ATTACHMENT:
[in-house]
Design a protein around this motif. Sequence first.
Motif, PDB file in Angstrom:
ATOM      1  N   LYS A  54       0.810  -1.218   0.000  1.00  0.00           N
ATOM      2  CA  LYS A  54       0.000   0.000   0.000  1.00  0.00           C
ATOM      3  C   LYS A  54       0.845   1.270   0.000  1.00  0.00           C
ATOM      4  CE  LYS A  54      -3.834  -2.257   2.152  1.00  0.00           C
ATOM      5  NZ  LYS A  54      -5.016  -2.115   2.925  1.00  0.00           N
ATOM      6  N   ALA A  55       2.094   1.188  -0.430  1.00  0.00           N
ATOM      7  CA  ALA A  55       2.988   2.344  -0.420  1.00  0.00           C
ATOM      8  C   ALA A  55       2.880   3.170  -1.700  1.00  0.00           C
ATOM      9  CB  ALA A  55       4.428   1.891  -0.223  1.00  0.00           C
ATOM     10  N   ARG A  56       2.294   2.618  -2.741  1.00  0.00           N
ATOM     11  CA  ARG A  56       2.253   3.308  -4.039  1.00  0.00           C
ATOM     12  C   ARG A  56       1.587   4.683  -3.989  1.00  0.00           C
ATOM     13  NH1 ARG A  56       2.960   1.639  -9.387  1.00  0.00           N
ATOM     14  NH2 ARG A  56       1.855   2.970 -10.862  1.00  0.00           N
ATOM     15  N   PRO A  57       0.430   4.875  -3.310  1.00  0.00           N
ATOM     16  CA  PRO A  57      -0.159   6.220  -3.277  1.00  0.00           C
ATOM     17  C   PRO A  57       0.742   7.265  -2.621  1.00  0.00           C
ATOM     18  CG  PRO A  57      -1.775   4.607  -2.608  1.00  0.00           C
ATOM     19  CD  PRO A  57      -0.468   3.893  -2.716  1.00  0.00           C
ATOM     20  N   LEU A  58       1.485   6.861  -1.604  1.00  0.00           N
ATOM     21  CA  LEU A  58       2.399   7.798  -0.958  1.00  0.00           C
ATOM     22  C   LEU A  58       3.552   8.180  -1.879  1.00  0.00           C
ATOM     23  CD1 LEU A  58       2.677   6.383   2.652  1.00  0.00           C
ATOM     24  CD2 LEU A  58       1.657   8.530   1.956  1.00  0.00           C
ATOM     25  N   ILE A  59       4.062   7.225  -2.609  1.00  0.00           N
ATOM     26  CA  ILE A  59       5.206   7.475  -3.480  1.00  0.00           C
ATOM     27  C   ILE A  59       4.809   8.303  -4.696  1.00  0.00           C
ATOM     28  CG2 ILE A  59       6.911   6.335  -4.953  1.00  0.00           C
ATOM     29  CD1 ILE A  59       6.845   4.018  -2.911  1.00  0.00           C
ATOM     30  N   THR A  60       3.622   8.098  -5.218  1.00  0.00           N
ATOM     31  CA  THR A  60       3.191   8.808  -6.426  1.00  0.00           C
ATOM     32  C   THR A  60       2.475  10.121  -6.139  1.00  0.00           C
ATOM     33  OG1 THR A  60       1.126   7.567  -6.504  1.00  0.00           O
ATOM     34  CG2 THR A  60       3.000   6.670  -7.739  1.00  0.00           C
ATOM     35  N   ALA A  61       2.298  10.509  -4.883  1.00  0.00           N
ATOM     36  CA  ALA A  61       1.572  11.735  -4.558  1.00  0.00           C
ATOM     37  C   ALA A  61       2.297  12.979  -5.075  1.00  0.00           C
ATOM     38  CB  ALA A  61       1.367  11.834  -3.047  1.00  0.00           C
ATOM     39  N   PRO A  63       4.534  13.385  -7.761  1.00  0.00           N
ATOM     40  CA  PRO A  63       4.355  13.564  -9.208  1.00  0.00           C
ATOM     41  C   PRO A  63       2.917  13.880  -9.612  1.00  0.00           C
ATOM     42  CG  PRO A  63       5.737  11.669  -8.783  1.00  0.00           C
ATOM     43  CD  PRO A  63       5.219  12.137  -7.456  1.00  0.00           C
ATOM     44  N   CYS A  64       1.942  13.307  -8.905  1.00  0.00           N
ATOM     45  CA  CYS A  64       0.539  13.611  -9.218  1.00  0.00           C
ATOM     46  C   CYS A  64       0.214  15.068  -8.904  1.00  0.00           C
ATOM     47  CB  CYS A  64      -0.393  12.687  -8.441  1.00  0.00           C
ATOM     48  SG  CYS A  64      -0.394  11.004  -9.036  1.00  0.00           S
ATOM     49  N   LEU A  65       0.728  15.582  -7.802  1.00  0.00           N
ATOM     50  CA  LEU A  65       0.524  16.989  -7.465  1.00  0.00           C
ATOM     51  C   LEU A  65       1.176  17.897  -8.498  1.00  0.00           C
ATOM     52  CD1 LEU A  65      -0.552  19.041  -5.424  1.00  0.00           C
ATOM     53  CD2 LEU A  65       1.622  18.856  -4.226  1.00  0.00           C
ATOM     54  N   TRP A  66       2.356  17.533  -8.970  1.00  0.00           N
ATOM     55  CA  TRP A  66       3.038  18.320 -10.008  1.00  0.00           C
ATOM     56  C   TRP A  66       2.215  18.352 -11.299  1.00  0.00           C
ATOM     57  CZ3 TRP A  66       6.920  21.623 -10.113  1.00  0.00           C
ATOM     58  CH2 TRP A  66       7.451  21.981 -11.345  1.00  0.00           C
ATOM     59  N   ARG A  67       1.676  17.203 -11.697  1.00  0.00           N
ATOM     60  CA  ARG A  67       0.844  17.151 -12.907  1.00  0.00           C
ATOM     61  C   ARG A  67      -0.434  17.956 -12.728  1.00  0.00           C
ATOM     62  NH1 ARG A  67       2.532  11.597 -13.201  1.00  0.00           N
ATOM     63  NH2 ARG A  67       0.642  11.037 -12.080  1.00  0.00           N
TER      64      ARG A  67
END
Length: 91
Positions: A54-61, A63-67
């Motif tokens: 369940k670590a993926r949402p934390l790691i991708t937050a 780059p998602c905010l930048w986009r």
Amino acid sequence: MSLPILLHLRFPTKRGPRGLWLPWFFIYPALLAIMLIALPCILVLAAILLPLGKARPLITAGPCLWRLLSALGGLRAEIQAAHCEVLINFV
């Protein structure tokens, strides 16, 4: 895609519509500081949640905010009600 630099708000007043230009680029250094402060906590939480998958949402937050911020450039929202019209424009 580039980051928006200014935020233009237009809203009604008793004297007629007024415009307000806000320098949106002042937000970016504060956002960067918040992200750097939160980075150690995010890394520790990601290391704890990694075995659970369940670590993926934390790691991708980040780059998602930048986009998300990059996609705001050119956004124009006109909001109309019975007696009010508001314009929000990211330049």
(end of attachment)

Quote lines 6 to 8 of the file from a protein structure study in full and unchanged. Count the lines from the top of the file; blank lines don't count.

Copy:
ATOM      3  C   LYS A  54       0.845   1.270   0.000  1.00  0.00           C
ATOM      4  CE  LYS A  54      -3.834  -2.257   2.152  1.00  0.00           C
ATOM      5  NZ  LYS A  54      -5.016  -2.115   2.925  1.00  0.00           N